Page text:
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Processing of the Global and Local Dimensions of Visual Hierarchical Stimuli by Humans (Homo sapiens), Chimpanzees (Pan troglodytes), and Baboons (Papio papio)

  • Joël Fagot
  • Masaki Tomonaga
  • Christine Deruelle

Abstract

A well-known phenomenon in the literature on human perception is the global precedence effect, which was initially reported by Navon in 1977. Navon presented human subjects with hierarchical stimuli such as those shown in Fig. 1. These were large letters (global level) made up of smaller letters (local level) which had to be identified as quickly as possible. Use of these forms showed that response latencies were shorter on average for the global trials, involving identification of the global letter, than for the local trials, involving identification of the local letter. It was also shown that response times (RTs) in global trials remained unchanged whatever the identity of the letter shown at the local level, whereas RTs in local trials were higher when the global and local levels showed different letters than when they showed the same letter. On the basis of these results, (1977) suggested that the processing of visual stimuli by humans proceeds from an analysis of the global structure of the visual form prior to the analysis of its more local details. According to (1977), this global-to-local order of visual processing is a general trait of visual perception, and is independent of the use of hierarchical letter stimuli, as revealed by the title of his article “Forest before the tree: the precedence of global features in visual perception.”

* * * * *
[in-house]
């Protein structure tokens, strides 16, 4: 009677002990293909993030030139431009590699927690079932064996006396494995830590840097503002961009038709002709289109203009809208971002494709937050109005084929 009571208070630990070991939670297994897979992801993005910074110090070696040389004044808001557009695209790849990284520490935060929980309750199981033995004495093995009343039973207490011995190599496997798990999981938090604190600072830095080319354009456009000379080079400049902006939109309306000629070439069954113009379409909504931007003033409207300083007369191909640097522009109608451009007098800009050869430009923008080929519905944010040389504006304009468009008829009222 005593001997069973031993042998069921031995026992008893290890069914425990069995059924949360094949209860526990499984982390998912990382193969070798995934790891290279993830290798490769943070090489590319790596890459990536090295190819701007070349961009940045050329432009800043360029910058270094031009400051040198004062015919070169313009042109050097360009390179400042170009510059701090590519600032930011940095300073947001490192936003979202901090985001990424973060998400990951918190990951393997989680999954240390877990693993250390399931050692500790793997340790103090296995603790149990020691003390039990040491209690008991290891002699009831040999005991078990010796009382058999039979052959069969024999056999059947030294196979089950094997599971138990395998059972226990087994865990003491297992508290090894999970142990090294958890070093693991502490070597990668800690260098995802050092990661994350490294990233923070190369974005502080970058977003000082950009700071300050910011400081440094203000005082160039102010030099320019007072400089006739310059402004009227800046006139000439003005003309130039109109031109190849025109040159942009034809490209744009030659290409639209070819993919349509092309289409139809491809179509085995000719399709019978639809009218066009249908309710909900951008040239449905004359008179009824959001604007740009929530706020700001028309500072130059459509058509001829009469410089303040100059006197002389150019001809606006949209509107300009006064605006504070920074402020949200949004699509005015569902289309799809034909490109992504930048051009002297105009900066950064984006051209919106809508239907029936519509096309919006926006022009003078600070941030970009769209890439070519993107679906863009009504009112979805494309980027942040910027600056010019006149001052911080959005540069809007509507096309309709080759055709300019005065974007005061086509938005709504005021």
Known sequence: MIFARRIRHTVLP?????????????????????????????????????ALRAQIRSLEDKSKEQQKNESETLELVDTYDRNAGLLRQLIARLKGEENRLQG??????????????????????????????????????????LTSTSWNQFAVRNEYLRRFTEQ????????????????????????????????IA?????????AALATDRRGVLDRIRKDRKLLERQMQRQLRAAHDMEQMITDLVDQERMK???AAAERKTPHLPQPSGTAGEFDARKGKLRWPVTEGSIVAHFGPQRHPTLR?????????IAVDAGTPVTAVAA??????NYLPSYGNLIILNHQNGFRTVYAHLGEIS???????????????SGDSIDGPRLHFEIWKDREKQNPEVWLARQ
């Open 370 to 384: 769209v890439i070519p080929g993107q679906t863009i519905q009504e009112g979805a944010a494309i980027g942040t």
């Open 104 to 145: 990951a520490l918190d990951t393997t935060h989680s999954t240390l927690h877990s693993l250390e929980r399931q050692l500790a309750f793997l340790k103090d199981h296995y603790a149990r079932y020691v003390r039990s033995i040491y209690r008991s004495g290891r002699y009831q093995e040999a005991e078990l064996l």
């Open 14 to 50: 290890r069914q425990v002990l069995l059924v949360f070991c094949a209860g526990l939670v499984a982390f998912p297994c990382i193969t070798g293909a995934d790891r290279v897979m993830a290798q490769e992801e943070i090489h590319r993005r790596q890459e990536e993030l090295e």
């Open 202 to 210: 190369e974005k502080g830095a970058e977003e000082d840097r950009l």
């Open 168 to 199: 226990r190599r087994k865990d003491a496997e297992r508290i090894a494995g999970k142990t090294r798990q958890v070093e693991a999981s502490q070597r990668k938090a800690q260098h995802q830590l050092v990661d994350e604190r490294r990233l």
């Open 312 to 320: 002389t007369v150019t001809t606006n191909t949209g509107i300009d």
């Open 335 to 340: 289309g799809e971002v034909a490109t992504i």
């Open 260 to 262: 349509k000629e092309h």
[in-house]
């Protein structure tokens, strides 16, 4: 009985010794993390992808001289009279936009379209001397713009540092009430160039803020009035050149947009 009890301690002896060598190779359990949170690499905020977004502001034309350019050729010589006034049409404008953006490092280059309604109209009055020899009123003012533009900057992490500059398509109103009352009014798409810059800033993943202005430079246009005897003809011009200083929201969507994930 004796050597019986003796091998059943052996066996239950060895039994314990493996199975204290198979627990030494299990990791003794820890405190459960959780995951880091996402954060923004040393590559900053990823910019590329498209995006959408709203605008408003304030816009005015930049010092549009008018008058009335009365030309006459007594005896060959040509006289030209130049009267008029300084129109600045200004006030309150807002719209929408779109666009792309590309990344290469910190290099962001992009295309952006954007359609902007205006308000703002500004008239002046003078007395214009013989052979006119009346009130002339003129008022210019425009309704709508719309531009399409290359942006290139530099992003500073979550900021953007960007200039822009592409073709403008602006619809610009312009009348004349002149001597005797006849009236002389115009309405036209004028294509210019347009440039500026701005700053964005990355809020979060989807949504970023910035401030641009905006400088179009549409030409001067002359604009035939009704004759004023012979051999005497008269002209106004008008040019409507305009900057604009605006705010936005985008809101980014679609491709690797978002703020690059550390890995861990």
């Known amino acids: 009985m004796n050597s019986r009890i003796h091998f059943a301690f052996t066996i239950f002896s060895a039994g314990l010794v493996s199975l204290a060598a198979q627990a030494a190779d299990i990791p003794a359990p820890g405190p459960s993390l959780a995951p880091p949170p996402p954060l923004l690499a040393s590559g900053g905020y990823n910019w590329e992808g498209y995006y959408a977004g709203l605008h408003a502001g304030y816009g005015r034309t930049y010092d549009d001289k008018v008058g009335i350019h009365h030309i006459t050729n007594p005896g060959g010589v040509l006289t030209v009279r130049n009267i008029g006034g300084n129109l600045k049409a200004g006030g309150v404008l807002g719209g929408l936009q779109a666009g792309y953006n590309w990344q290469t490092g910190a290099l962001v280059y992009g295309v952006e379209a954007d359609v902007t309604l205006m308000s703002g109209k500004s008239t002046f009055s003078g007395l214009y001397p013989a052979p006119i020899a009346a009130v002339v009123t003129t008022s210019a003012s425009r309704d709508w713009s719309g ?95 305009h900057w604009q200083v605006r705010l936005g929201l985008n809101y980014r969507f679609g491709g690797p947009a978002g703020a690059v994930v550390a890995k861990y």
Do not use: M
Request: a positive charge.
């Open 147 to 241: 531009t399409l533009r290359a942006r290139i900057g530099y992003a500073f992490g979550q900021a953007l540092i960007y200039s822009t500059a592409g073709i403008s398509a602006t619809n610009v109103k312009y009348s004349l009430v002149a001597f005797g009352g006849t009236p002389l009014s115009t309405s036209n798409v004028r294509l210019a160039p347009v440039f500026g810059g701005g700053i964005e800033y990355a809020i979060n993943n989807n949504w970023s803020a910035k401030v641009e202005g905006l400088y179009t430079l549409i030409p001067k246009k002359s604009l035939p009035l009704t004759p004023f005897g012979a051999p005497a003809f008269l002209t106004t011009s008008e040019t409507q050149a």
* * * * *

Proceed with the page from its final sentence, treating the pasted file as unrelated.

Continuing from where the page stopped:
Keywords

Display Size Visual Search Task Stimulus Level Precedence Effect Global Shape 
These keywords were added by machine and not by the authors. This process is experimental and the keywords may be updated as the learning algorithm improves.

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Copyright information

© Springer 2008

Authors and Affiliations

  • Joël Fagot
    • 1
  • Masaki Tomonaga
    • 2
  • Christine Deruelle
    • 1
  1. 1.CNRSMarseille cedex 20France
  2. 2.Primate Research InstituteKyoto UniversityInuyama, AichiJapan

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